#Personal Stories

Dear Society, What’s The Big Deal In Being Flat Chested?

Ananya Pandey, flat chested women
Flat Chested: We live in a society where women are taught that they are their bodies. As teenagers, girls are taught that the development of breasts into a certain shape and size is a sign of becoming a woman. As adults, women place their bodies under deep, despairing and dispiriting scrutiny. 

Women are always too much or too little. A woman with large breasts is in the fear of receiving the attention she does not want, and women with small breasts become the target of dehumanising jokes. What is the deal with society body shaming women with flat chests? Here are some reasons why society should give up the “bigger the better” conjunction completely. 

Recently Ananya Pandey revealed she that people used to say she “looked like a boy, flat screen.” The actor, who was seen in xxxx, says it hurt her the most in the years she was “forming self-confidence.” What happened to Pandey isn’t new and such shaming isn’t reserve for public figures. In fact it happens very routinely to young girls from the time they are in school to when they are growing in the careers.

Low Self Confidence And Low Self Esteem

As a 14-year-old girl, I continuously waited for my breasts to grow bigger. With each passing birthday, came an undeviating feeling of disappointment when they did not grow as per society’s expectations. I was told that men only find women with large breasts desirable, reducing my personality, intelligence and emotional capabilities to ignored traits no one cared about. Friends told me I had nothing to “offer a man”, Indian aunties told me that I should be worried about finding a man, and boys tried to see if I even wore a bra. Naturally, I was concerned. And women who are made to feel like a caricature, have a reason to be concerned. 

Jokes And Memes Are Dehumanising

It was not long before celebrities like Pandey mentioned above, Sonam Kapoor and Chhavi Mittal were subjected to breast shaming memes and trolling. Body positivity activists often overlook the conversation about small breasts. Unfeminine, Unsexy, Boyish, Immature are the adjectives people use to describe a flat-chested woman who consequently feels unseen, ignored, and unheard.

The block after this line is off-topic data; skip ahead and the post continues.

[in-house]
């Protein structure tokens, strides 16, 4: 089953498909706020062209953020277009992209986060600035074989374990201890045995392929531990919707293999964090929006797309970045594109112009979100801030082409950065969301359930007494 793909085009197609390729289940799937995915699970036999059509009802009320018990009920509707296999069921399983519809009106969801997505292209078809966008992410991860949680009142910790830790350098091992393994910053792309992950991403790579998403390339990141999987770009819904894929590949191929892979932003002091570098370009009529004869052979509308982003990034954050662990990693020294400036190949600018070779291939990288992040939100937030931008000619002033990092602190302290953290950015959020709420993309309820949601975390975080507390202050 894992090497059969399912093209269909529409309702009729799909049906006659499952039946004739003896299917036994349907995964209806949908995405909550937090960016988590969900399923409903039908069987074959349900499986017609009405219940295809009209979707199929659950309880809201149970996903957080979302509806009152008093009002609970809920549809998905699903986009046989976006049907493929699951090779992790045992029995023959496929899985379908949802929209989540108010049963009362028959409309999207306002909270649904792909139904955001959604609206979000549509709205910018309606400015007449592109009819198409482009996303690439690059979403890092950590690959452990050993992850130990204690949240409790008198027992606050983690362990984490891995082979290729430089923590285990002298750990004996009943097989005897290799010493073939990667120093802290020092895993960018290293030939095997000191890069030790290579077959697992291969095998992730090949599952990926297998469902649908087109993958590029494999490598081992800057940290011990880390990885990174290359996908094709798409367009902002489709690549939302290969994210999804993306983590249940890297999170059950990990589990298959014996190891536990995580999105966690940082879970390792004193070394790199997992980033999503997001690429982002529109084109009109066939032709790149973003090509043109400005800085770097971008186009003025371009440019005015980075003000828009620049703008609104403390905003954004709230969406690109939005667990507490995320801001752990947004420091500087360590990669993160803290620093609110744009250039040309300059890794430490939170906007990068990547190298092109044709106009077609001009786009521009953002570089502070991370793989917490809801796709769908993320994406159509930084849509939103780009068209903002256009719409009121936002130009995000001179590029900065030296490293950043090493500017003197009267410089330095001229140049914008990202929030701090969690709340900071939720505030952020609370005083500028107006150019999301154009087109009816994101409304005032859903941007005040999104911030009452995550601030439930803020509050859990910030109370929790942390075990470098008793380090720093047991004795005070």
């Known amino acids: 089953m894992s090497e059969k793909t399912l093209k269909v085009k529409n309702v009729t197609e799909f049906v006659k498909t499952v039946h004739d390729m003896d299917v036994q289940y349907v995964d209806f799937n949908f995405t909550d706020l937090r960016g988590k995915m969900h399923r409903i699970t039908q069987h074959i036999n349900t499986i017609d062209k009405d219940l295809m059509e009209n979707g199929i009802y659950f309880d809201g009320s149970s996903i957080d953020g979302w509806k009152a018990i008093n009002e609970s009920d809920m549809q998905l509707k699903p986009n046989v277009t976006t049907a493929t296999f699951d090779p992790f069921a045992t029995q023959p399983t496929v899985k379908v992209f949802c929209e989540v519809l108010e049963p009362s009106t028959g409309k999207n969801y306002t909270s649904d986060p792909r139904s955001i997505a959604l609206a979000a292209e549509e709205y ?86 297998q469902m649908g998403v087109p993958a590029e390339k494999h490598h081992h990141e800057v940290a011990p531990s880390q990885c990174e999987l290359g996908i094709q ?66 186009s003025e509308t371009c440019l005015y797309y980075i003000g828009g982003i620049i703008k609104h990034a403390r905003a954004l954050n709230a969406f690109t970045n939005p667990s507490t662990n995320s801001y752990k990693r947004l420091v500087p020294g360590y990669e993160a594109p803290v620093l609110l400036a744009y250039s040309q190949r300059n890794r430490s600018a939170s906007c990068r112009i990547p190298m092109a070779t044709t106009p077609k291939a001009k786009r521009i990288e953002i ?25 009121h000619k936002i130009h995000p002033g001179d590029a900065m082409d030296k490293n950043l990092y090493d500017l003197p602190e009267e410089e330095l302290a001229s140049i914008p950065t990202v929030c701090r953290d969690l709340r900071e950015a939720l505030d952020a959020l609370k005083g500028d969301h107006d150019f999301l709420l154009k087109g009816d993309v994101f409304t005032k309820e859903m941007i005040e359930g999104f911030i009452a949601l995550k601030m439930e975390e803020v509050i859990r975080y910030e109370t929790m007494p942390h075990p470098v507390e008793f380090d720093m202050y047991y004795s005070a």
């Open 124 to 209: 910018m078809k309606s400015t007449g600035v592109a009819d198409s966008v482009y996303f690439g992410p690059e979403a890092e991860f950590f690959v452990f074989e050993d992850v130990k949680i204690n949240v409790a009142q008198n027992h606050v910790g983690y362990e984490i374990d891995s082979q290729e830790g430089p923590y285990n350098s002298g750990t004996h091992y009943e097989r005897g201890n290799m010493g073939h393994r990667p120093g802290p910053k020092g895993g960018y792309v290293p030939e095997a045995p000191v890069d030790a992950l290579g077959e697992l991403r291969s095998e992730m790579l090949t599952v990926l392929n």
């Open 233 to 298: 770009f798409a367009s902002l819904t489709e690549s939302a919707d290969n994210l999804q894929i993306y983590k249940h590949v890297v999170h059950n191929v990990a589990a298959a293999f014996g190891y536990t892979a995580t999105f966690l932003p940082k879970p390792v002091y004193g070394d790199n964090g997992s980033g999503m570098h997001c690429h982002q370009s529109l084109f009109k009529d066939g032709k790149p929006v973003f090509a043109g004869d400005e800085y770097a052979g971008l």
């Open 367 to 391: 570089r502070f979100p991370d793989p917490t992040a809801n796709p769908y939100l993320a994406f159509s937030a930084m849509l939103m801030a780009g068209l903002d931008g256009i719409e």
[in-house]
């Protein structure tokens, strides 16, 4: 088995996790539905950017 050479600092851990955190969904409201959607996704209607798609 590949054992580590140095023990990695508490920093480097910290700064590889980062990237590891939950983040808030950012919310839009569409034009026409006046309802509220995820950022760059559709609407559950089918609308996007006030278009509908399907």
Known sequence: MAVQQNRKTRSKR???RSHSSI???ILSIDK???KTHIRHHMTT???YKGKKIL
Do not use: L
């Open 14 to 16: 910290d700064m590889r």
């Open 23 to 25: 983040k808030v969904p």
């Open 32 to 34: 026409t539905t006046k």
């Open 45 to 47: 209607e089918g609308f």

It is narrow-minded when people go through lengths to impose a single standard of beauty on another woman, bigoted to make women feel inferior because of their breast size, and cruel to treat her like a mere caricature. 

Patriarchy facilitated influential institutions like media, advertising, fitness and the fashion industry to promote an unreal body image so that women’s bodies become profitable sources of income. In a patriarchal setup, a large chested woman will always feel unsafe and a flat-chested woman always insecure –both desperately finding ways to alter their appearances to fit the conventional and conservative notions put forth by the limiting society. 

Why Does Body Shaming happen?

Body shaming is unethical, and it is not limited to celebrities. Perhaps those that engage in body shaming are insecure and are doing it to make themselves feel better. Perhaps they are also empowered by the anonymity of the Internet; most body-shamers would not say harsh things if they were speaking to the individual in person. Nonetheless, whatever the reason, the medium, the platform, or the way is, body shaming is unacceptable. 

It is high time that society rises above the standardised single body image of a woman’s body. We as women must rise above the pervasive sense that there is something wrong with us. Men must rise above the unreal portrayal of women in media.